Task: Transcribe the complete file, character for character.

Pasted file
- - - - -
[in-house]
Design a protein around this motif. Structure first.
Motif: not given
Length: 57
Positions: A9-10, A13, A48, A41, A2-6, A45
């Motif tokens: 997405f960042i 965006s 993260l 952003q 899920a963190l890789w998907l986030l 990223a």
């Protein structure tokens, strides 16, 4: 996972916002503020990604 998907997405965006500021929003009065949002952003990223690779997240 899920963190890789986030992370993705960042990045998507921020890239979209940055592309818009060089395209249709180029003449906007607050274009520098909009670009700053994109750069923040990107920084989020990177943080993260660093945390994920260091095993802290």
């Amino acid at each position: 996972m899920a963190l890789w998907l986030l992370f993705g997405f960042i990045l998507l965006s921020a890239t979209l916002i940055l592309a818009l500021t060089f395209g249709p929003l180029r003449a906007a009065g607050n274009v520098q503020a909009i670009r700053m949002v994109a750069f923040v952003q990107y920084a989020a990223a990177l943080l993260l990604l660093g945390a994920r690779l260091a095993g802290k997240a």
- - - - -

[in-house]
Design a protein around this motif. Structure first.
Motif: not given
Length: 57
Positions: A9-10, A13, A48, A41, A2-6, A45
């Motif tokens: 997405f960042i 965006s 993260l 952003q 899920a963190l890789w998907l986030l 990223a």
């Protein structure tokens, strides 16, 4: 996972916002503020990604 998907997405965006500021929003009065949002952003990223690779997240 899920963190890789986030992370993705960042990045998507921020890239979209940055592309818009060089395209249709180029003449906007607050274009520098909009670009700053994109750069923040990107920084989020990177943080993260660093945390994920260091095993802290």
């Amino acid at each position: 996972m899920a963190l890789w998907l986030l992370f993705g997405f960042i990045l998507l965006s921020a890239t979209l916002i940055l592309a818009l500021t060089f395209g249709p929003l180029r003449a906007a009065g607050n274009v520098q503020a909009i670009r700053m949002v994109a750069f923040v952003q990107y920084a989020a990223a990177l943080l993260l990604l660093g945390a994920r690779l260091a095993g802290k997240a």